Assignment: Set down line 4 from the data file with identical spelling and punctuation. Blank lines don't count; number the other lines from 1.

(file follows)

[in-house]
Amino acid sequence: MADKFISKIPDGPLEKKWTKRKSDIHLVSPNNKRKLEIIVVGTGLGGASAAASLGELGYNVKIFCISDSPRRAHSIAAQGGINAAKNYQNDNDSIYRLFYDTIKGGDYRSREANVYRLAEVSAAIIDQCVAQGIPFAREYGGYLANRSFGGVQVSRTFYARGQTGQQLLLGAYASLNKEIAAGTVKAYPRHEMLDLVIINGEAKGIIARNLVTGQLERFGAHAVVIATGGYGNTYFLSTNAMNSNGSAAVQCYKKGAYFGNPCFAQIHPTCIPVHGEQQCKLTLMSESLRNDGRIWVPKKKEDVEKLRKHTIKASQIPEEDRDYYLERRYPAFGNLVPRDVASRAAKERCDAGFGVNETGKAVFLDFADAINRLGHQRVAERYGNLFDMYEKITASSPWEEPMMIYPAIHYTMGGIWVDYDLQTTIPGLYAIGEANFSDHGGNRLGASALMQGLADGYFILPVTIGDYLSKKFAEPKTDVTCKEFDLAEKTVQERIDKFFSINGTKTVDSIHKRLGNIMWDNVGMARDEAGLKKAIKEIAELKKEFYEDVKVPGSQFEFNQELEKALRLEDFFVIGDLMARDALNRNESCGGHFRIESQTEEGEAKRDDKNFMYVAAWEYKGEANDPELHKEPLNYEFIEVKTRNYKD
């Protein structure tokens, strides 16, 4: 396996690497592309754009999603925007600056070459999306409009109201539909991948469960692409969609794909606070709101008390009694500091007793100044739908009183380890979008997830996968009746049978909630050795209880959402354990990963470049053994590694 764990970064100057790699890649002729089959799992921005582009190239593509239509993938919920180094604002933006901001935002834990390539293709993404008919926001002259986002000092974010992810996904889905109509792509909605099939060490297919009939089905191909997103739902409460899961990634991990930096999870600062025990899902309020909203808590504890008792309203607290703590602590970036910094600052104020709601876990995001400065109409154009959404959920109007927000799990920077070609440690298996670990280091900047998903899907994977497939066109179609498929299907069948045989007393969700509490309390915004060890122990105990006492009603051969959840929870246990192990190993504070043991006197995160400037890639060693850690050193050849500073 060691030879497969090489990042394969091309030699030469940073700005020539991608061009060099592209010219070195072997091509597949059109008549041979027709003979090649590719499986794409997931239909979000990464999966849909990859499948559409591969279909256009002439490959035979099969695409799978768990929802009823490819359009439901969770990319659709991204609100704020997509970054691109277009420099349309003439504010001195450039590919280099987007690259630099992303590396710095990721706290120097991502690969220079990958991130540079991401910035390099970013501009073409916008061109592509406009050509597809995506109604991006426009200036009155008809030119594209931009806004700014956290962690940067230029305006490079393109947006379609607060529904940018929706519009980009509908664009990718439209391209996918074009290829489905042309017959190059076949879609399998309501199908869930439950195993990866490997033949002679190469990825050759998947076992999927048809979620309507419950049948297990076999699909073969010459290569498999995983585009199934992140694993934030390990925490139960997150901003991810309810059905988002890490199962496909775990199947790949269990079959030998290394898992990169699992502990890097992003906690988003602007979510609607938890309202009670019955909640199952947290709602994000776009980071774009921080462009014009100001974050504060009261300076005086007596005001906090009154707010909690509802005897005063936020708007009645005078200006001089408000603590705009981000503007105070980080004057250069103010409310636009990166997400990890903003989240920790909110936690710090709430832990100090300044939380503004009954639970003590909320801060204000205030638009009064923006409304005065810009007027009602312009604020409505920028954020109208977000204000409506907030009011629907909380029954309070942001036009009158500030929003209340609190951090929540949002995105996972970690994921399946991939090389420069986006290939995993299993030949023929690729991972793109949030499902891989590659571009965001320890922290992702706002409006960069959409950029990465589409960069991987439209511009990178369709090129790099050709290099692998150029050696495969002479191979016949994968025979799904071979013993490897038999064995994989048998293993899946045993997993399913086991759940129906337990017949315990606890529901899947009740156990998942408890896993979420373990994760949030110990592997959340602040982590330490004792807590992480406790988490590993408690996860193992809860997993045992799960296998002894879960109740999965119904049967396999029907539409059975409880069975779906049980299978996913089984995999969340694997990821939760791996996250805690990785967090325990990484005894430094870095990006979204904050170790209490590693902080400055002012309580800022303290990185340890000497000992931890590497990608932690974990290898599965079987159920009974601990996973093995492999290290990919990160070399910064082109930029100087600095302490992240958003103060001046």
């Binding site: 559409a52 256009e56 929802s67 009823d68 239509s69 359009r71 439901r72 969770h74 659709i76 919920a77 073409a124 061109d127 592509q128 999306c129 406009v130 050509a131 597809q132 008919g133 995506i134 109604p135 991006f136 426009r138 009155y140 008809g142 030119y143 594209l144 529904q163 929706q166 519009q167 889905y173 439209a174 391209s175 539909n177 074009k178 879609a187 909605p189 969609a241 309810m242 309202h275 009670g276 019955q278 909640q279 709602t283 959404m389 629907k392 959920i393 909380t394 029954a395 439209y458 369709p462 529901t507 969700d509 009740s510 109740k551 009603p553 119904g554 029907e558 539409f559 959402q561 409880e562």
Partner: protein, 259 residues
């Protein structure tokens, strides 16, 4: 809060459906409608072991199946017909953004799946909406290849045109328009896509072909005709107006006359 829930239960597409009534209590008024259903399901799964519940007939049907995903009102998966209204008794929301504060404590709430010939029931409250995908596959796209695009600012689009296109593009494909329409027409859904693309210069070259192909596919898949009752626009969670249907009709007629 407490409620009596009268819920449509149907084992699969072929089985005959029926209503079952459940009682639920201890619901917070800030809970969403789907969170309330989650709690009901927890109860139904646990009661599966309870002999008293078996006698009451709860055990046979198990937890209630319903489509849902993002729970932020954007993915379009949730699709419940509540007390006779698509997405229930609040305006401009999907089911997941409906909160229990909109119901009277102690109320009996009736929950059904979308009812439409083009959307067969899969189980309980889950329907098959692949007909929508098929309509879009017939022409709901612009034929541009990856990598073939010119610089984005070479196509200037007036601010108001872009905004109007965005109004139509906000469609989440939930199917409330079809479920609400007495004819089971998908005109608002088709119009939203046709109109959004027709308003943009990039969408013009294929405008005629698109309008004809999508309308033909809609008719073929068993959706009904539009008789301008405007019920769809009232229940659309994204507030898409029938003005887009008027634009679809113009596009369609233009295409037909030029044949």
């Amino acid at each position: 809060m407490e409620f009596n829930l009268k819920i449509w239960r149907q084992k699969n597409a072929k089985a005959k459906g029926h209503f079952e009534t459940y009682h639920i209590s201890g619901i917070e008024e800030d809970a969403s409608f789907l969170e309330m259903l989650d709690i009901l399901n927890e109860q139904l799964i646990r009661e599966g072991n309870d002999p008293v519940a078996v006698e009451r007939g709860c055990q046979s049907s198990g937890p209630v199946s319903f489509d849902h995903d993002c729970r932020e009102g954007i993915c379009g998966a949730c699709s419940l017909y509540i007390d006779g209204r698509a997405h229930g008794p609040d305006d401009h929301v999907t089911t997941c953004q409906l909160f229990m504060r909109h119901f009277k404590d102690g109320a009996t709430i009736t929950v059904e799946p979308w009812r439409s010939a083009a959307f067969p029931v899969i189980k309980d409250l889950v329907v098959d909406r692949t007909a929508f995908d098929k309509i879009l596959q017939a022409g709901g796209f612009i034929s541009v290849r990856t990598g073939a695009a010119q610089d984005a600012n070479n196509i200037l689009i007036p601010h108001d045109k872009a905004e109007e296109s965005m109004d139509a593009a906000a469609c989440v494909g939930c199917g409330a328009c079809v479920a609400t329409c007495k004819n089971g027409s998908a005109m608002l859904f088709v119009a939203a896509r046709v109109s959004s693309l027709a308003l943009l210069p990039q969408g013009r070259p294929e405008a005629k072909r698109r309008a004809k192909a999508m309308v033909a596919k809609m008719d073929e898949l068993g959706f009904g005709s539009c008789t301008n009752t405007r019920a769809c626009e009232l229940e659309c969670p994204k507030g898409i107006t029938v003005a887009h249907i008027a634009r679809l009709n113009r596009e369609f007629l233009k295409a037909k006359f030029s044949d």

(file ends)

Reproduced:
């Binding site: 559409a52 256009e56 929802s67 009823d68 239509s69 359009r71 439901r72 969770h74 659709i76 919920a77 073409a124 061109d127 592509q128 999306c129 406009v130 050509a131 597809q132 008919g133 995506i134 109604p135 991006f136 426009r138 009155y140 008809g142 030119y143 594209l144 529904q163 929706q166 519009q167 889905y173 439209a174 391209s175 539909n177 074009k178 879609a187 909605p189 969609a241 309810m242 309202h275 009670g276 019955q278 909640q279 709602t283 959404m389 629907k392 959920i393 909380t394 029954a395 439209y458 369709p462 529901t507 969700d509 009740s510 109740k551 009603p553 119904g554 029907e558 539409f559 959402q561 409880e562």